The prominent French weekly magazine Le Point shined a spotlight in its new issue on the Iranian regime-backed terrorist organization Hezbollah’s operations in France. Hezbollah
In an article titled “Hezbollah weaves its web in France” for the magazine, the investigative journalist Rachel Binhas reported the French government authorized the extradition of the Lebanese national Mazen al-Atat, who is alleged by the US to be an agent for Hezbollah.
Binhas noted that the extradition order of al-Atat “could have serious consequences for the person concerned.” According to Le Point, a New York court ordered the extradition of al-Atat based on criminal conspiracy to provide material support to Hezbollah.
The US government along with Canada, Britain, Germany, Austria the Netherlands, Israel, the Arab League, and many additional European Union and Latin American countries classify Hezbollah’s entire organization as a terrorist movement.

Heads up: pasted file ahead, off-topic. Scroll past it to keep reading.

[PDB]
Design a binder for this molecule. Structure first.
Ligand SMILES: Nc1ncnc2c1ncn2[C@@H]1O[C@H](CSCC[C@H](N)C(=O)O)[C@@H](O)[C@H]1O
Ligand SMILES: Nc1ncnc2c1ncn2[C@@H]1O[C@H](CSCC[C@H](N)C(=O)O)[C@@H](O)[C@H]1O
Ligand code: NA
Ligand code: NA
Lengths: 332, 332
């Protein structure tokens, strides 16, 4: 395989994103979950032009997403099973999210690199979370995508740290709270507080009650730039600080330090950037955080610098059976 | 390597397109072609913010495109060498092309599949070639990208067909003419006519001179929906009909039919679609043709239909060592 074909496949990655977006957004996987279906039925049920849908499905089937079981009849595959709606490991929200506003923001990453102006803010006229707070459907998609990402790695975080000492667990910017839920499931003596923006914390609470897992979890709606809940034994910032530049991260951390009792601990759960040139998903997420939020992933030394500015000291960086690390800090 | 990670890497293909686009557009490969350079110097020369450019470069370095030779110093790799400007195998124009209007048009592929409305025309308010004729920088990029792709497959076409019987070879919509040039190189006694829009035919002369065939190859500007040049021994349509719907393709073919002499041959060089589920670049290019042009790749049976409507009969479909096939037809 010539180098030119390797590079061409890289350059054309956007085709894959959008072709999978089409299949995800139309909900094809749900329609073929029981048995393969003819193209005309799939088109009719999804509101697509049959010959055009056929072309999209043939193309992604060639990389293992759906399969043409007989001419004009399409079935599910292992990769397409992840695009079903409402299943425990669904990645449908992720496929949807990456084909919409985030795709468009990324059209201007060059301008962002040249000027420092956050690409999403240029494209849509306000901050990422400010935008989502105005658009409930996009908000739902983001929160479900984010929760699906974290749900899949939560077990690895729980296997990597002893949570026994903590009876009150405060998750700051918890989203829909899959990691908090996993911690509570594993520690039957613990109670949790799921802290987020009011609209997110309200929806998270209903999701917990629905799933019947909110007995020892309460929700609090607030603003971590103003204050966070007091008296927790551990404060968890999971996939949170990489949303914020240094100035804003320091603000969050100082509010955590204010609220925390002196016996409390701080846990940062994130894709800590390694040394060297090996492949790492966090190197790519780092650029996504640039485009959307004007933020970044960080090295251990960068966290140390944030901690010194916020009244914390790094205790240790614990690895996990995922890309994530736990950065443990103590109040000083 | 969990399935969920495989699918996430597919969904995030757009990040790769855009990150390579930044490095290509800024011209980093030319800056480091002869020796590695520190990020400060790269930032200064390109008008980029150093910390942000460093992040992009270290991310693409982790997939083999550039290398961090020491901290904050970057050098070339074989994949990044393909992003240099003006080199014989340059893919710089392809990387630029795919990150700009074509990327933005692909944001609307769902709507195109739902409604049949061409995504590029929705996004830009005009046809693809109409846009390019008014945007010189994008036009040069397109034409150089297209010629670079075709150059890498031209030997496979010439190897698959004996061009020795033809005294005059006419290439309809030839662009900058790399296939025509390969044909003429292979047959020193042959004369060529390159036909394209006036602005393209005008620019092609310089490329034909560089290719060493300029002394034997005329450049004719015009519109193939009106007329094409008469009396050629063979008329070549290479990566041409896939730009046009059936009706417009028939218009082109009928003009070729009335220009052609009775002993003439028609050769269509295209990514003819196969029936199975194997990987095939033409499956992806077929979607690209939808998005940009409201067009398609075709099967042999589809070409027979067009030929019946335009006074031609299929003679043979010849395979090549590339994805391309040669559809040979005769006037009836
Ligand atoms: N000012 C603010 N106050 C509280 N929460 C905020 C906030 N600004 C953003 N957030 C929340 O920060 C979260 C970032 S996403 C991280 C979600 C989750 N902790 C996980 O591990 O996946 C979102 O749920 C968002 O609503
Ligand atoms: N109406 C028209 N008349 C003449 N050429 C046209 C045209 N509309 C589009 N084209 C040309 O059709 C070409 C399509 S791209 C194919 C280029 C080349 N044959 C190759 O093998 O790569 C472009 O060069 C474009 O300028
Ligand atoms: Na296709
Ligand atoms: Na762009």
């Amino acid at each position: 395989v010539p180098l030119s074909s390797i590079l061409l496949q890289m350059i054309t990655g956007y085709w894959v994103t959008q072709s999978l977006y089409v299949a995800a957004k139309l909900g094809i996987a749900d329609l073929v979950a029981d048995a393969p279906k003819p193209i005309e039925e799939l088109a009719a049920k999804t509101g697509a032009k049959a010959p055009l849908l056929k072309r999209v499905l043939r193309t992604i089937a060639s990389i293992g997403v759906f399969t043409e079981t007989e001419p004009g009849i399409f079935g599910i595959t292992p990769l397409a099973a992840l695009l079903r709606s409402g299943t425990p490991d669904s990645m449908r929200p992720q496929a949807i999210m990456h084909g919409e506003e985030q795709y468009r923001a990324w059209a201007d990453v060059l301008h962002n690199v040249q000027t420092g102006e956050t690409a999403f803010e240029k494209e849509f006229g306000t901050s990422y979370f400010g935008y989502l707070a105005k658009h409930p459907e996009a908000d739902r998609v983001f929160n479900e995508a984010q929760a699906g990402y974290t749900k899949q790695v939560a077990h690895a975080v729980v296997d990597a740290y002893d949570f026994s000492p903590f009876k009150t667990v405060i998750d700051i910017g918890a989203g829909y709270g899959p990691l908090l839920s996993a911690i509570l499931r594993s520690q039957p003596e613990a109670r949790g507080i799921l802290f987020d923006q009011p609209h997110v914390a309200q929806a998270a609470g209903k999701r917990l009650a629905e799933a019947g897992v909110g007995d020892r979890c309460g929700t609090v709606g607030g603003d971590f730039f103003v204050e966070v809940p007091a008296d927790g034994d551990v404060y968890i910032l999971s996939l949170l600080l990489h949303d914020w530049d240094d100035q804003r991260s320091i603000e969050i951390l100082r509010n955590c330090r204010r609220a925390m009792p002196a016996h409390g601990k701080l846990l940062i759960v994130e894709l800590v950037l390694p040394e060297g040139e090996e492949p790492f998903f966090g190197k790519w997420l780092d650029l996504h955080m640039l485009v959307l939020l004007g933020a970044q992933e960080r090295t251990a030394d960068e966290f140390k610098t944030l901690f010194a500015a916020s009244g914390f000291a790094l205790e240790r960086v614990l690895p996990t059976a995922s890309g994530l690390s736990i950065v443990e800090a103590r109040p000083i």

However, France and the European Union have split Hezbollah into so-called military and political wings, only designated its militia a terrorist entity.
The French authorities detained al-Atat in 2016 as part of the US Drug Enforcement Agency international operation “Project Cassandra” involving a complex enterprise of money laundering and trafficking of narcotics for Hezbollah.
The annual Hezbollah-controlled operation resulted in millions of dollars in annual elicit revenues for Hezbollah.
France’s judiciary sentenced al-Atat to a prison term in 2018 and he has since been released.
Le Point states that “The Lebanese Shi’ite militia…has long ramifications in Europe, especially in France. But its activities there have reportedly increased worryingly in recent years.”
A second member of the Hezbollah ring in France, Mohamad Noureddine, who was sentenced to seven years in prison, is slated to be extradited to the US, according to Le Point.
Al-Atat, who denied connections with Hezbollah, told Le Point “I was contaminated by Noureddine,” explaining that he “was doing secretarial work for him” as [Noureddine]’s calls were sometimes transmitted to [Al-Atat] phone, “but it was because Noureddine had a mistress. In fact, I would cover him when his wife called him,” said Al-Atat.
Read the complete article at: The Jerusalem Post